For most people “The Punisher” is a nickname for Marvel’s anti-hero Frank Castle. But for the Cincinnati Reds, that name is reserved for their rookie right fielder Aristides Aquino. When the Reds traded Yasiel Puig and their second-best prospect, outfielder Taylor Trammel, in a deal that got them Cleveland Indians’ starting pitcher Trevor Bauer, it raised the question: Who would be Puig’s replacement? But unbeknown to most of the baseball world, a 25-year-old electric factory with an arm like Puig and a knack for crushing baseballs would be knocking on the front door.
The Reds signed Aquino as an international free agent in 2011 out of the Dominican Prospect League, when he was just 17 years old. He held an overall scout grade of 45, with a 45-grade hit tool, 55-grade power, 55-grade speed, 50-grade fielding, and a 70-grade arm. He had long been known within the Reds’ farm system as a prospect with great raw tools who had not yet fully put them together. In 2018, Aquino disappointed in Double-A when he hit .240/.306/.448 with 20 doubles and 20 homers across 404 at-bats. Nonetheless, he made his major league debut on August 19th, 2018 registering just one plate appearance. He struck out. After re-signing with the Reds during the winter of 2018, Aquino made a few adjustments at the plate and was ready for his performance to take off. He entered the season as Cincinnati’s 19th-ranked prospect and began with the Louisville Bats, the Reds’ Triple-A affiliate. Aquino played 78 games with the Bats while slashing .299/.356/.636 with 28 homers, a .992 OPS, .405 wOBA, and 142 wRC+. Before being called up, Aquino was ranked first in the International League in SLG and second in both home runs and OPS, trailing only current major leaguers Adam Duvall (29) and Mike Ford (1.007), respectively.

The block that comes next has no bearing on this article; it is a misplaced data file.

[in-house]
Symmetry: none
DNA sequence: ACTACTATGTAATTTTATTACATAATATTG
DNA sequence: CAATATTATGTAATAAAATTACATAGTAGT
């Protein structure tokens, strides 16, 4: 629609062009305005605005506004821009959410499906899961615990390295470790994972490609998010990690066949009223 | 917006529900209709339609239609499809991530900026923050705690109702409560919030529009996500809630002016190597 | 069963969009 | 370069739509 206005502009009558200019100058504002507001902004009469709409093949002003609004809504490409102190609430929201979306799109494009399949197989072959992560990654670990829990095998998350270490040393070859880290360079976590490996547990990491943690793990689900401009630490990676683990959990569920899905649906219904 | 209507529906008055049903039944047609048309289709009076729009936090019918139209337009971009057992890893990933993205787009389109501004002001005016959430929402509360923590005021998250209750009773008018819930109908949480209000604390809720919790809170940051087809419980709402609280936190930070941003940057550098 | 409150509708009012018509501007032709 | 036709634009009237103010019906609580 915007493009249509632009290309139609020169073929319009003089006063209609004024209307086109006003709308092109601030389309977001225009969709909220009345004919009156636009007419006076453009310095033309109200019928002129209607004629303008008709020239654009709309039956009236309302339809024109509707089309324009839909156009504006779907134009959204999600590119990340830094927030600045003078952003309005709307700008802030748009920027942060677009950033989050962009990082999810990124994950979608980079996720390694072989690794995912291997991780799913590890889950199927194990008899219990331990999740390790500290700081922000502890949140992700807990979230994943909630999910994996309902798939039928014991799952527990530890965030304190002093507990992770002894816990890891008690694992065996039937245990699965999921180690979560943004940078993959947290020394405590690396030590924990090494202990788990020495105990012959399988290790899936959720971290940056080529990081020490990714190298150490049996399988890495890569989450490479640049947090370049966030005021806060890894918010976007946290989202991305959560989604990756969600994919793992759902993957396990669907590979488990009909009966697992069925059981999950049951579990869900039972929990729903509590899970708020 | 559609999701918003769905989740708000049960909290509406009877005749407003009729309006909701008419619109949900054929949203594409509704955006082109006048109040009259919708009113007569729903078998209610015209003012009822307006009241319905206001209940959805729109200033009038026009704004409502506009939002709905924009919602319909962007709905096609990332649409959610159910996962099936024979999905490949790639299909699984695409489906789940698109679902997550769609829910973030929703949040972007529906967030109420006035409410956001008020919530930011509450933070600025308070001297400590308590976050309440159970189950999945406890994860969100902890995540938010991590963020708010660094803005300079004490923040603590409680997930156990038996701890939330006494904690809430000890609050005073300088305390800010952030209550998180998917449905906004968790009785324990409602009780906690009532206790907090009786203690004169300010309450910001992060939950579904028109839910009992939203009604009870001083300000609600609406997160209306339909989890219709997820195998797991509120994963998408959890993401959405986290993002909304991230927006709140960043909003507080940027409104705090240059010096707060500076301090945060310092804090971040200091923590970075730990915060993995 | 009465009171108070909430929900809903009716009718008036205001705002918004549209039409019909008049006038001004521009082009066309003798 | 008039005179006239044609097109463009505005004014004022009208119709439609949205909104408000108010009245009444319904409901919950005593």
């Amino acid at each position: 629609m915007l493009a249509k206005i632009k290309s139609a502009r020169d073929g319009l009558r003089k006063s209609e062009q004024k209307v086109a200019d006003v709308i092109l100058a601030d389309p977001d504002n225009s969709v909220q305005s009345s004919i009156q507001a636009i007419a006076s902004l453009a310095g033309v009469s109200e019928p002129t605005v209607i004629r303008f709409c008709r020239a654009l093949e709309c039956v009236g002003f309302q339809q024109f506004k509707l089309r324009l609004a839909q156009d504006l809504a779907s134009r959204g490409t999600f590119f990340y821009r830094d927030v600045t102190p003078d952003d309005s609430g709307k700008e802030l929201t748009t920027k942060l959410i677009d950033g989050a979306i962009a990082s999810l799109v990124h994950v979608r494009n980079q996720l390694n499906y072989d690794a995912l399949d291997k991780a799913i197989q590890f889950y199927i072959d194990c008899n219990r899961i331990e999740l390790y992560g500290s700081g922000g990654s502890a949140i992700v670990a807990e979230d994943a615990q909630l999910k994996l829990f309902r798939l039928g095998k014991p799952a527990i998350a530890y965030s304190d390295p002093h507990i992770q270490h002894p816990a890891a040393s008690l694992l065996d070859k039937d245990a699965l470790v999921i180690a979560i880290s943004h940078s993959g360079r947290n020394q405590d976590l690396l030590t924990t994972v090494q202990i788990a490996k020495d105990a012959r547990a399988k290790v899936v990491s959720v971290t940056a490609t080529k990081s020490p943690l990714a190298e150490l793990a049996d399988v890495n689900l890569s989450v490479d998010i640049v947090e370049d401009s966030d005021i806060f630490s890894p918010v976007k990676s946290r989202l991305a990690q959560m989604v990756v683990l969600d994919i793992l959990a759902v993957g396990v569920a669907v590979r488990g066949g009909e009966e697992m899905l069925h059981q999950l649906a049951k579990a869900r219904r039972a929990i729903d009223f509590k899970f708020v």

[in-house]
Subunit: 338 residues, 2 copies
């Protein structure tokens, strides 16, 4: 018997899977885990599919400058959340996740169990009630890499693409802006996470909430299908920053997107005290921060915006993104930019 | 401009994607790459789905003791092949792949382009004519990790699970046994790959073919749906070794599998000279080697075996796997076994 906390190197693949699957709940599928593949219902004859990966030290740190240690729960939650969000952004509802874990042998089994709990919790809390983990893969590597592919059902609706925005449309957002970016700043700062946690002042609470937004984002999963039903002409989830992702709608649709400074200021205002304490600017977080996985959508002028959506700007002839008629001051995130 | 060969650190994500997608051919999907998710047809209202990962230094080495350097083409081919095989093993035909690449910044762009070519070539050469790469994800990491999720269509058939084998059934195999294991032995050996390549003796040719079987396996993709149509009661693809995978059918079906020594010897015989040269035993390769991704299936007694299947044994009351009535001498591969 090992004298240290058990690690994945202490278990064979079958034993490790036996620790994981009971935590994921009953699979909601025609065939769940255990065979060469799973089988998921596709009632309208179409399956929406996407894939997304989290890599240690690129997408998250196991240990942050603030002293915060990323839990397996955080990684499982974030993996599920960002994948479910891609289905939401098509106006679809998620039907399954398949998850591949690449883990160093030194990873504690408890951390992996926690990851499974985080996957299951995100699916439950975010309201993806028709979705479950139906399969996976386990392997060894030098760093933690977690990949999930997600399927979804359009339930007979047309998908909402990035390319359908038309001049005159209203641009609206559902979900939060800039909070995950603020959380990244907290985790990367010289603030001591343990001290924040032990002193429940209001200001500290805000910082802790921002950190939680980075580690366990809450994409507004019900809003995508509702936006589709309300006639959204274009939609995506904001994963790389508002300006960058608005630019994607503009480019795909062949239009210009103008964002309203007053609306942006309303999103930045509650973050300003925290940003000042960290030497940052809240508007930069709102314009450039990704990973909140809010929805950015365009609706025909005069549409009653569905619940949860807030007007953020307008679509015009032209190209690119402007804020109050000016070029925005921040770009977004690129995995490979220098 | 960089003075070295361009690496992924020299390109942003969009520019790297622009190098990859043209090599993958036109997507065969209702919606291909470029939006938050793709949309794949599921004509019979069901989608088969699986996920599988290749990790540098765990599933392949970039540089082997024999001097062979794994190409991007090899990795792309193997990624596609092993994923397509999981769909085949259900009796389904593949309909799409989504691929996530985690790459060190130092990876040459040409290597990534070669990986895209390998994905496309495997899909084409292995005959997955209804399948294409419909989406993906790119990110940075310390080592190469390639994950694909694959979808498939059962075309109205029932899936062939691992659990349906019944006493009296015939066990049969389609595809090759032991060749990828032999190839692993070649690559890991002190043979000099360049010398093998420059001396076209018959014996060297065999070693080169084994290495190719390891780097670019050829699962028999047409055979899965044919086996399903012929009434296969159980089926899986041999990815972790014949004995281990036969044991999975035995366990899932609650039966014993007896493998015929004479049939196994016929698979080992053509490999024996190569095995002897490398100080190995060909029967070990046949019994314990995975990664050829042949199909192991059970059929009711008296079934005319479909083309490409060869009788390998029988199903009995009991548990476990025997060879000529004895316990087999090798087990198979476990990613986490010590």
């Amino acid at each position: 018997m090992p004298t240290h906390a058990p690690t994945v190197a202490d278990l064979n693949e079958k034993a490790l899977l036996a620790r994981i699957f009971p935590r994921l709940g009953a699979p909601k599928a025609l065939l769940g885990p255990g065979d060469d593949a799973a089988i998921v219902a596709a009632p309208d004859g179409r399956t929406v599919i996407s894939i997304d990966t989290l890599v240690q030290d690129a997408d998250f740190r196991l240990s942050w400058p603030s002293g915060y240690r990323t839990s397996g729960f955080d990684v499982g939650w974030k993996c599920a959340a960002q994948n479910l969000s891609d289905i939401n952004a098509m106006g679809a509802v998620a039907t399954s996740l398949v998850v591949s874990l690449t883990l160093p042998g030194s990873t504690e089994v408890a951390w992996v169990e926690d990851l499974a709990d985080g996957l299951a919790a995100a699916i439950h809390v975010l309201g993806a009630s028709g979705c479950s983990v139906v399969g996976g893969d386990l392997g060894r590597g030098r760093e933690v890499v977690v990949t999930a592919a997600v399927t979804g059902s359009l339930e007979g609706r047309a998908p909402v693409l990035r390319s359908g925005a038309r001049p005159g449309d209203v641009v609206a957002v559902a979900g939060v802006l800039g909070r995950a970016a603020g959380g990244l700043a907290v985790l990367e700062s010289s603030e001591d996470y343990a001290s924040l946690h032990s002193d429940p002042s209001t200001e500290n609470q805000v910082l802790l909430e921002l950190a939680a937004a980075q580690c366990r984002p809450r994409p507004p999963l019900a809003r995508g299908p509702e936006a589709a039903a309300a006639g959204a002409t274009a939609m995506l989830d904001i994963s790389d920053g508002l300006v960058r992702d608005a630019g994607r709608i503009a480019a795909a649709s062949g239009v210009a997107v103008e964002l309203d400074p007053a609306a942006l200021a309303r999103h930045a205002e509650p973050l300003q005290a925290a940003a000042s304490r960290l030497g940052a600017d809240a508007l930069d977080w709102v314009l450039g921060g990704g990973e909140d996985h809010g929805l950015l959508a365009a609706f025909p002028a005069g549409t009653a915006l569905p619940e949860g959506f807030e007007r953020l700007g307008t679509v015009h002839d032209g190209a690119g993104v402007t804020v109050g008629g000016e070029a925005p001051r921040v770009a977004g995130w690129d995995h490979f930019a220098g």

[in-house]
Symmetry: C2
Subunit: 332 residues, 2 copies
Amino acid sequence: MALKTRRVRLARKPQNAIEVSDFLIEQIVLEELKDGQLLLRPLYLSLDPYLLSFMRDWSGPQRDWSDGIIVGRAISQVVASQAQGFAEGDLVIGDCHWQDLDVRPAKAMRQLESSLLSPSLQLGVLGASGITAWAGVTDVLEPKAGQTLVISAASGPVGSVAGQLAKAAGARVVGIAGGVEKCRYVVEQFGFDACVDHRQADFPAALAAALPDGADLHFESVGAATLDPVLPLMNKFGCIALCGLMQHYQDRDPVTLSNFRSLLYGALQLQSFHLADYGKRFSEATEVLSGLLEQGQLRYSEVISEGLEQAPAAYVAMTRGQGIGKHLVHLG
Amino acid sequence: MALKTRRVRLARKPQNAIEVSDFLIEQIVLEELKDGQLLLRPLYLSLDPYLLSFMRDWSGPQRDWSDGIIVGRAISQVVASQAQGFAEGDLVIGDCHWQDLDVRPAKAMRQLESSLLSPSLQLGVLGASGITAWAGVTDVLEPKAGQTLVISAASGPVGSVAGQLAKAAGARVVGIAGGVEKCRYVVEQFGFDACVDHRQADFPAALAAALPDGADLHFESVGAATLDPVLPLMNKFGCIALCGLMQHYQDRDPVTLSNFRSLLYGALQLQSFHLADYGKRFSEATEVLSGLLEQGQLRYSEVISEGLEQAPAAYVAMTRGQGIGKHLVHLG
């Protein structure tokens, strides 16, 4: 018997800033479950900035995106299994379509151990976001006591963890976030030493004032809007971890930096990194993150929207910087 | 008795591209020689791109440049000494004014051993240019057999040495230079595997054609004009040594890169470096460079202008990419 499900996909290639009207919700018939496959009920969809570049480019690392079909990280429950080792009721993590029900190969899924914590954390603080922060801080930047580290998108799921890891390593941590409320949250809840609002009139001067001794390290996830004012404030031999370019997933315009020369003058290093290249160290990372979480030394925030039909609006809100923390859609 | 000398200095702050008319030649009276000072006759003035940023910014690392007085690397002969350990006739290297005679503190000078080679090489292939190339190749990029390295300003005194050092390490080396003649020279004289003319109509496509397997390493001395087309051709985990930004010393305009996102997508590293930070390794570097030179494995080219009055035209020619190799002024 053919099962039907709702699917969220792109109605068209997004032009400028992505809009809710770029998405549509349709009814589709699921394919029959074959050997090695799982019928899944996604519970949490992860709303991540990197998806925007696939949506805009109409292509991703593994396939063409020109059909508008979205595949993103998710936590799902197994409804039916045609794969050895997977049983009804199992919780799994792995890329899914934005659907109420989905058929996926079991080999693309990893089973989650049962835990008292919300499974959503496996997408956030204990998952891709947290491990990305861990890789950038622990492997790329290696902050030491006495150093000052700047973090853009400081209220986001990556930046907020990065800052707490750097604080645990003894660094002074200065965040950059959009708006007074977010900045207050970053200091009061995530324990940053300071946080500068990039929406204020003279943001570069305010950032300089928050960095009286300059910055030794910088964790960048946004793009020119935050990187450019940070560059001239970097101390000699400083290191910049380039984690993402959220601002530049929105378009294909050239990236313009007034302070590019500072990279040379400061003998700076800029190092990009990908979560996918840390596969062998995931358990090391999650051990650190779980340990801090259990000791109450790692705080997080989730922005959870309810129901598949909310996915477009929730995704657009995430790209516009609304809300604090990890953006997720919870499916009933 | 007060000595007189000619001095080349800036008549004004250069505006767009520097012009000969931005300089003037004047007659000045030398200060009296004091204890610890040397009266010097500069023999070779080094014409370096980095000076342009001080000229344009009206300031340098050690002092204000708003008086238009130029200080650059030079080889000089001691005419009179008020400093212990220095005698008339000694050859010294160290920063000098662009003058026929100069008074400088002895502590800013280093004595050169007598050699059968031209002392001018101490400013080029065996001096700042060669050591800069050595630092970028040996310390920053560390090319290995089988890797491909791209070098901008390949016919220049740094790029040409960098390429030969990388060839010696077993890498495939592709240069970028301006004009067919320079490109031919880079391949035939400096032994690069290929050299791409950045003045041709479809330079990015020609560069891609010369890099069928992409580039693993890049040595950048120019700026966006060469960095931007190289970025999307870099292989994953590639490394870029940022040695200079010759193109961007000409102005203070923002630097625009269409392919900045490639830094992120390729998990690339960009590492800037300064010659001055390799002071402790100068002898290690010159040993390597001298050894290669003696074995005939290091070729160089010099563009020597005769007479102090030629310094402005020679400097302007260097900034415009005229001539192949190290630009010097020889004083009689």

Cincinnati called up Aristides Aquino on August 1st, immediately slotting him into right field versus the Atlanta Braves. Two days later he recorded his first major league hit, a line-drive single to center field, and hit his first big league home run, a two-run shot off Dallas Keuchel. Since then, Aquino has erased any doubts about his talent or whether his power would translate in the big leagues. In nine games and 30 plate appearances at the major league level, Aquino is hitting .464/.500/1.250 with seven homers, a .683 wOBA and 332 wRC+. Those aren’t typos… he’s been THAT good. This includes his most recent performance, where he hit three homers in one night against the Cubs, matching Rockies’ shortstop Trevor Story for the most home runs in a player’s first 10 games. To add to his historic accolades, Aquino’s three-homer night made him the first rookie in major league history to homer in three consecutive innings and just the second player ever to have a three-homer game in his first 10 games. However, Aquino’s minor league power isn’t the only thing that followed him to the majors—his nickname did too.
Aquino’s spine-chilling nickname was handed to him by his brother when they were growing up together, but it quickly caught on throughout his baseball career as he began hitting the cover off of baseballs. Since being called up, Aquino has done more of the same by absolutely pounding the baseball. Of his 19 batted balls this year, eight of them have an exit velocity that exceeds 99 mph. His hardest hit ball was this two-run homer off Cole Hamels that was recorded at 118.3 mph! It tied the MLB-high for hardest-hit homer that Statcast has recorded this year. Don’t blink or you might miss it!